The banking of the billionth seed at the Millennium Seed Bank is being celebrated at a ceremony to mark International Biodiversity Day.
The Millennium Seed Bank already contains 18,000 species
Worldwide partners in the project will be joined by biodiversity minister Barry Gardiner at Wakehurst Place, in Ardingly, West Sussex.
The billionth seed, from an African bamboo, joined 18,000 other wild plant species stored at the site last month.
The seed bank holds the largest wild seed collection in the world.
Tuesday's official ceremony will be attended by ambassadors from Millennium Seed Bank Project partner countries, including representatives from Tanzania, Malawi, Madagascar and China.
The seed bank is owned and managed by the Royal Botanic Gardens at Kew, and was founded in the 1990s with the intention of protecting plants from extinction.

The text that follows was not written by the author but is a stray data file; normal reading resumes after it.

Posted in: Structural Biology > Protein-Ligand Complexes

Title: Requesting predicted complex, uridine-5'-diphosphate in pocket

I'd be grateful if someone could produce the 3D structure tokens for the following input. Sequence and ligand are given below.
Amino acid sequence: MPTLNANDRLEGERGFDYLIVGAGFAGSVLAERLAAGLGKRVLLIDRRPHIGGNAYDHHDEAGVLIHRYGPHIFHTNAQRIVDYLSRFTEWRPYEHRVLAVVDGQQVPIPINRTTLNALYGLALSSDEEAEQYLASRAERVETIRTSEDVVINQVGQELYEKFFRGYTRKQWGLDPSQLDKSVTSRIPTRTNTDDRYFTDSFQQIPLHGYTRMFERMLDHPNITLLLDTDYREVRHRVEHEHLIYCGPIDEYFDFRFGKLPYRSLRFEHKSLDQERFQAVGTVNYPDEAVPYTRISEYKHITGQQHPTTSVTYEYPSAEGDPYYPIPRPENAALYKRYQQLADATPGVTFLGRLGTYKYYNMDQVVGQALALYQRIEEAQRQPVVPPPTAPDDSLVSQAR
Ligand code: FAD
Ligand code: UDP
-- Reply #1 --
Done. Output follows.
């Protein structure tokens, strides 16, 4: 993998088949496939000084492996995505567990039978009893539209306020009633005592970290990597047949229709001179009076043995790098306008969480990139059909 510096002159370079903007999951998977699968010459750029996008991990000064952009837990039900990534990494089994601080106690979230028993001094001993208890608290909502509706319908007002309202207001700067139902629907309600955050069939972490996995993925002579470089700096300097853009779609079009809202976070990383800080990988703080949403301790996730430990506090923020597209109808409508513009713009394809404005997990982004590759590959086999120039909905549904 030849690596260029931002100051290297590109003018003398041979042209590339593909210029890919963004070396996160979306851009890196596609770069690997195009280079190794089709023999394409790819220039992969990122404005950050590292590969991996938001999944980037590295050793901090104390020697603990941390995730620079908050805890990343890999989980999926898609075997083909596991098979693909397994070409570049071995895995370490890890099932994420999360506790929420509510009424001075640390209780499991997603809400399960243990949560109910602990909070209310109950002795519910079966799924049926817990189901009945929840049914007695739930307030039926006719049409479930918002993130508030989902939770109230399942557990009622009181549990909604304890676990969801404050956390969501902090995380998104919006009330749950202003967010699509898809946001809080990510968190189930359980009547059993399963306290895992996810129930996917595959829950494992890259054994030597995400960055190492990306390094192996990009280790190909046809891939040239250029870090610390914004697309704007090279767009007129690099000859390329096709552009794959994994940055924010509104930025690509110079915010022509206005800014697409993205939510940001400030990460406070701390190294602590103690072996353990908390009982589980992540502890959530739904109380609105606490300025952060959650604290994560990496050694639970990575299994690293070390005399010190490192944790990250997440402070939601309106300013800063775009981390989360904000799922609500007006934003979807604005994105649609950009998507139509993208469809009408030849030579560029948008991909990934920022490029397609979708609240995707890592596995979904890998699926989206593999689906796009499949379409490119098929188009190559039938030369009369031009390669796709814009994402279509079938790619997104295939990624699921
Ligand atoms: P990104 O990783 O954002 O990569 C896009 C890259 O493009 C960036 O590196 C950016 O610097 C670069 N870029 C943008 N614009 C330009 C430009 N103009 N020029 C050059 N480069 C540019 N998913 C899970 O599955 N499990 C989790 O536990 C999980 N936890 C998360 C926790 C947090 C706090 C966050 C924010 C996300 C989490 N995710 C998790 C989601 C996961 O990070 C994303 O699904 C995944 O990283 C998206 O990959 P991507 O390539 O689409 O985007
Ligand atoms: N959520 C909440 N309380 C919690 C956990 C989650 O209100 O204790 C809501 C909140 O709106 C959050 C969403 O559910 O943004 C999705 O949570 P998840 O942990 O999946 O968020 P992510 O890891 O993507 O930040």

Several thousand seeds of each species are kept at the Sussex site.
By 2010, teams of scientists and technicians there will have banked 10% of the world's wild flowering plants.
They are aiming to have collected 25% by 2020, but that is dependant on whether more funding can be secured.
The Millennium Seed Bank has the capacity to store up to half the world's wild flowering plant species and already holds 88% of the UK's flora, including more than 75% of its threatened plant species.